Polls Are Looking Better for Dr. Oz

Fetterman still has an edge, especially with favorability ratings
By Mike L. Ford,  Newser Staff
Posted Oct 19, 2022 10:25 AM CDT
Polls Show Dr. Oz Closing Gap on Fetterman
Pennsylvania Lt. Gov. John Fetterman, a Democratic candidate for US Senate, speaks during a campaign event in Harmony, Pa., on Tuesday.   (AP Photo/Gene J. Puskar)

According to Real Clear Politics' polling history of the Senate race in Pennsylvania, Republican Mehmet Oz hasn't led in any of the 18 major polls conducted since June, but the spread has narrowed considerably between him and Democratic opponent John Fetterman. Per Politico, a recent poll sponsored by the AARP shows Fetterman leading by just 2 points, within the poll's margin of error. If favorability ratings mean anything, Fetterman still has an edge, as 46% of voters view him favorably, compared to 38% for Oz, who also appears unfavorable to 50% of voters.

While Oz's favorability rating has improved since June, it's still a weakness this close to November, according to Democratic pollster John Anzalone, who still sees good news for Fetterman. "It's not only good to be ahead," Anzalone told Politico. "It's good to be ahead with an opponent who still has a net-unfavorable in terms of how people perceive him." Anzalone's counterpart, Republican pollster Tony Fabrizio, says Oz's best hope may rest with the 4% of voters who remain undecided. "They're more interested in economic issues than they are in social issues," Fabrizio said. "So those things hold some glimmer of hope for, obviously, Oz."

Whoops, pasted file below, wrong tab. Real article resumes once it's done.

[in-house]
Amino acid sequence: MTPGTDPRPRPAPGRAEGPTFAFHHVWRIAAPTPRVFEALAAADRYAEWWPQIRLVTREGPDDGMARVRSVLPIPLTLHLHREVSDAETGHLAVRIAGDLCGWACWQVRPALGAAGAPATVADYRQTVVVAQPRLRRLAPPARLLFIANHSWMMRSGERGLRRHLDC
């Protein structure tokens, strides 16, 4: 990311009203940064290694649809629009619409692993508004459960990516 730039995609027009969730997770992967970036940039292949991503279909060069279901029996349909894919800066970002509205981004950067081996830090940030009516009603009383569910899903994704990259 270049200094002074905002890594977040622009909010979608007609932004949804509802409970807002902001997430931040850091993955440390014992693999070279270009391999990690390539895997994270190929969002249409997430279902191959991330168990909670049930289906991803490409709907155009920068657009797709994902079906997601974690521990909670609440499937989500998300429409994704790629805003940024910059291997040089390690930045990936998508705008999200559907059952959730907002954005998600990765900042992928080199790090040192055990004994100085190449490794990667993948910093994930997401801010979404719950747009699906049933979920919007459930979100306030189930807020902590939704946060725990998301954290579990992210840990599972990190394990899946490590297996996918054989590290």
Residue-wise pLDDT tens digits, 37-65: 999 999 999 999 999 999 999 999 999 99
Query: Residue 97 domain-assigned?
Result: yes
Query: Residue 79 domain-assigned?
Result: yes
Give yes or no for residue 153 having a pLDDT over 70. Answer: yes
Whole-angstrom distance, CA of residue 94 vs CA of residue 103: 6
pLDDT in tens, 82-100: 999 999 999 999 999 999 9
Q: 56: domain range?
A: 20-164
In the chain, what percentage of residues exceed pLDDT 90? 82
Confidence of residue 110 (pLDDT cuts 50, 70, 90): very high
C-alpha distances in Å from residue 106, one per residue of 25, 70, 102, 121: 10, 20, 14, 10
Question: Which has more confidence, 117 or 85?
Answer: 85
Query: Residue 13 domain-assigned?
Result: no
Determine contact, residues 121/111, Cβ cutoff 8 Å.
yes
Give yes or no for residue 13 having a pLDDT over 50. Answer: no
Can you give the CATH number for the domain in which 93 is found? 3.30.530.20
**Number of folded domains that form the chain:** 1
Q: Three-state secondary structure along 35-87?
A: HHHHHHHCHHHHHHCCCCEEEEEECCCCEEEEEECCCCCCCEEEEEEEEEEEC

Fetterman's health has been more of an issue lately. While he acknowledges he still has auditory processing issues since suffering a stroke in May, his campaign insists he's on the road to recovery. Still, Republicans are looking for an advantage on the issue. Per the Washington Post, the Republican National Committee tweeted an ad showing clips of Fetterman's verbal stumbles with the caption, "Is John Fetterman capable of being a senator?" Oz raised the issue days later, tweeting that Fetterman "won't be honest about his health." Meanwhile, Fetterman has used the issue to stoke empathy. At a Saturday rally, he asked attendees with health challenges to raise their hands and said, "I certainly hope that you did not have a doctor in your life making fun of it or telling you that you aren't able to work or fit to serve." (More Pennsylvania stories.)

Get the news faster.
Tap to install our app.
Install the Newser News app
in two easy steps:
1. Tap in your navigation bar.
2. Tap to Add to Home Screen.